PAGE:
I have two “part-time” jobs. Julie has a part-time job and also manages our household. We have two children who increasingly have their own schedules in addition to ours. In and through it all, we’re seeking to live life on mission and make disciples of Jesus.
And I know that we’re not the only ones. There are plenty of people like us who are trying to do a good job keeping all the plates spinning so that none of them fall and break.
There have been times since we’ve moved to Dallas to help start Storyline that it has felt like Julie and I were ships passing in the night, and on tougher days, that we had devolved into merely being business partners, co-parents and roommates. I thank God that we made the decision early on to stick with each other through thick and thin – because we certainly have experienced our share of thick times (as I’m convinced most marriages do). I share these struggles with Julie’s permission.
There is a constant temptation to forget and forsake my first calling – to love my family, support my wife and disciple my children. I think this temptation is probably there whether you’re a pastor, business(wo)man, or an insurance agent.
I’m learning that I can’t merely aspire to love my family, support my wife and disciple my children. Like anything else worth doing, this calling requires both the intentionality to carve out space for it to happen and the creation of life rhythms that nurture it.
I would count it a major fail if, when I looked back on my life, I had loved the church and made disciples but had not loved my wife and made disciples of my children.
I’d like to share seven rhythms that are breathing life and love into our family these days. Many thanks to Jeff Saferite, Sally Breen and Tommy Ballard for the way conversations with each of them have shaped some of these rhythms. Further, thanks to my parents, because several of these rhythms were embedded in my own childhood.
1. Daily breakfast and dinner times. We do our best to carve out and protect our table times at breakfast and dinner every day. In the morning we read a devotional book together and talk about what we’re looking forward to that day. We pray for the day together. At dinner we practice a version of the prayer of Examen by asking two questions: 1) What was your favorite part of the day? 2) Did anything make you sad today? Then we give thanks and pray for the things we talked about. These are simple ways we are helping our kids (and each other) discern God’s voice and respond to it.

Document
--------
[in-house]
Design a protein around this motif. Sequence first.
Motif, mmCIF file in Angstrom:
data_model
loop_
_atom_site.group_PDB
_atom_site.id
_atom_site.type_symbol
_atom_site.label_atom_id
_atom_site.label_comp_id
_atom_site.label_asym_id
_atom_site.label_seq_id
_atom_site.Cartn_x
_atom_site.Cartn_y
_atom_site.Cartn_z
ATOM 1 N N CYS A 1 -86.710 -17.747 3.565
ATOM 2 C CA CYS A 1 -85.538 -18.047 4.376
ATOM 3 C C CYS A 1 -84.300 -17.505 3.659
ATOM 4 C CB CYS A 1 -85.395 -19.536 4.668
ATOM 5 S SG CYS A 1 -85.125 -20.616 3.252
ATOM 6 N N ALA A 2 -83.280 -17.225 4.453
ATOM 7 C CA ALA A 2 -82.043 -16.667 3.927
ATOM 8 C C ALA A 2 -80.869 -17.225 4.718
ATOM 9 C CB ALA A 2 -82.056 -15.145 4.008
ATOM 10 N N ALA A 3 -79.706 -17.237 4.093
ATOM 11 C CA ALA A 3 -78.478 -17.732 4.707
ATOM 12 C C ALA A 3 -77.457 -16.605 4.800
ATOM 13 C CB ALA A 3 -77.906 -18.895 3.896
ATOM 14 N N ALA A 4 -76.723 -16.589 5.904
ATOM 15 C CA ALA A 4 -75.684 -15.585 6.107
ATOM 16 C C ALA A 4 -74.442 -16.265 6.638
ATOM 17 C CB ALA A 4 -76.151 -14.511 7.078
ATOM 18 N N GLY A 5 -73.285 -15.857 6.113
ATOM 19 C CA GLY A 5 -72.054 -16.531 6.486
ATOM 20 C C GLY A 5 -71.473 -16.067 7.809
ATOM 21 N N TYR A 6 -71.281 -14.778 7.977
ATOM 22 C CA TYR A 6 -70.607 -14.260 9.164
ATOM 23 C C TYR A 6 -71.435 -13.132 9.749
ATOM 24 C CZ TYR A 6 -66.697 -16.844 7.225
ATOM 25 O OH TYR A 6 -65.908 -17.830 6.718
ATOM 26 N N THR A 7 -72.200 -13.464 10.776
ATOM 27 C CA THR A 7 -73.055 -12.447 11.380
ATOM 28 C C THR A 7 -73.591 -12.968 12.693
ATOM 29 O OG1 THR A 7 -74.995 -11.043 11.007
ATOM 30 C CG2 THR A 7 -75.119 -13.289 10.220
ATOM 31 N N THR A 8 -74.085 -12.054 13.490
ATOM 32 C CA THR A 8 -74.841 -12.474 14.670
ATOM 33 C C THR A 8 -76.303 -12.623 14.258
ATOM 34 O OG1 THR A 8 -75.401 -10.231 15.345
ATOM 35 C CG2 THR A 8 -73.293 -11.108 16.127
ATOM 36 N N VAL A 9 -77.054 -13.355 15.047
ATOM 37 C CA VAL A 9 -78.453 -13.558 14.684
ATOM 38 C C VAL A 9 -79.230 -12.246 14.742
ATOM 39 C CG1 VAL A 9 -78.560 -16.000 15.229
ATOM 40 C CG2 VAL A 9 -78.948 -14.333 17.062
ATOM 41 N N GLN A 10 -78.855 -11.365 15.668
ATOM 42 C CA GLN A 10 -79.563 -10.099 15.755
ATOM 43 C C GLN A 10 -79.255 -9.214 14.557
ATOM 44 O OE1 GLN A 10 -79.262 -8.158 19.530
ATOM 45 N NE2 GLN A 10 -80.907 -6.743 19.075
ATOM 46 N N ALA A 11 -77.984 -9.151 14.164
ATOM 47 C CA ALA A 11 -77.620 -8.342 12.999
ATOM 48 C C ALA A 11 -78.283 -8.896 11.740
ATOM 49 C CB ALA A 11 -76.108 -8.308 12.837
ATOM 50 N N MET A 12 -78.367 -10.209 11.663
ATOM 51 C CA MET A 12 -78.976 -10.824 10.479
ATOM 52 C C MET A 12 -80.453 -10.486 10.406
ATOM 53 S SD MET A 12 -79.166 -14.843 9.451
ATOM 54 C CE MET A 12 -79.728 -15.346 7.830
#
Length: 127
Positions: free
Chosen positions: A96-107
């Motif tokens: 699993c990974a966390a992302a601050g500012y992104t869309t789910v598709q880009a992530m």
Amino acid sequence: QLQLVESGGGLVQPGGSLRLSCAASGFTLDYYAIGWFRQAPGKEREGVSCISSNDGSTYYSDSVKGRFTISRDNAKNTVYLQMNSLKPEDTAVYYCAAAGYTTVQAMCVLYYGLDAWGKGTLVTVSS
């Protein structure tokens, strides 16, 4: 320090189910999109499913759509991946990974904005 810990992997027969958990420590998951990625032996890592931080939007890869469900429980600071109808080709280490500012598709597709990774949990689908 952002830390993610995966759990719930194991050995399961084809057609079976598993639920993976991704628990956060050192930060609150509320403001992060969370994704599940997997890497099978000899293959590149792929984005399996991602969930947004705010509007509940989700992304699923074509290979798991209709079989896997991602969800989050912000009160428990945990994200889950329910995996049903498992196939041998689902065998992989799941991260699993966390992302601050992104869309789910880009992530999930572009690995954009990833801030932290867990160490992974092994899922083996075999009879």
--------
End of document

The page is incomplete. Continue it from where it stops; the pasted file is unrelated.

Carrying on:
2. Weekly family time. We have to be creative with this rhythm because Julie and I schedule our work calendars so that when I’m working she’s with the kids and when she’s working I’m with the kids. Most weeks our “family time” amounts to 1-2 half days together, like taking a walk at White Rock Lake and grocery shopping together on Sunday mornings (our church gatherings are on Sunday evenings) or having a family game night. I observe my personal Sabbath on Mondays so one of our family half-days always takes place on that day.
3. Weekly participation in Christian community as a family. Our kiddos are formed spiritually just by being a vital part of our spiritual community with us. According to Mike Breen, “The nuclear family has failed as an experiment in raising children.” In other words, the nuclear family doesn’t have all the resources it needs to raise kids. Parents need help. Children need more than they can get from their parents. What’s needed is extended family and/or extended spiritual family. So we participate in church gatherings together every week. One Sunday a month we do something as a missional community to serve or go on mission together, and we include our kids in those experiences as much as possible. We also include our kids when we extend hospitality to our neighbors. The best paradigm for family life is not “Family AND Mission” but “Family ON Mission.”
4. Monthly one-on-one time with the kids. At least once a month I do something special with each of my kiddos – just me and Ryan or Chloe. They can pick a restaurant (usually McDonalds, but I hear that changes over time, thank goodness) or a fun thing they want to do, and we do it together.
5. Bi-weekly date nights. We have recently recommitted to this rhythm after feeling the effects of its absence for a while: every other Friday Julie and I get childcare and go out on a date – just the two of us. Never stop dating your spouse, they say.
6. Semi-annual getaways. This is a new rhythm for us. Twice a year Julie and I will getaway for a couple days just to be together. We recently realized that other than a special 10th anniversary trip, we hadn’t made such a getaway in five years! No longer. I’m excited that in a couple weeks Julie and I will have our first 2-day getaway in this new rhythm.
7. Annual family vacations. Once a year, usually in the summer, we carve out a solid week where we retreat to some fun destination and relax together as a family (usually with our extended family).
These are just a few of many possible rhythms that nurture family life and discipleship. We definitely have not arrived as a family when it comes to these rhythms, but even the smallest movement in them has been so invigorating for us. Perhaps you’ll find some encouragement or inspiration in something here.
What obstacles make it difficult to create life-giving family rhythms?
What family rhythms have been life-giving for your family?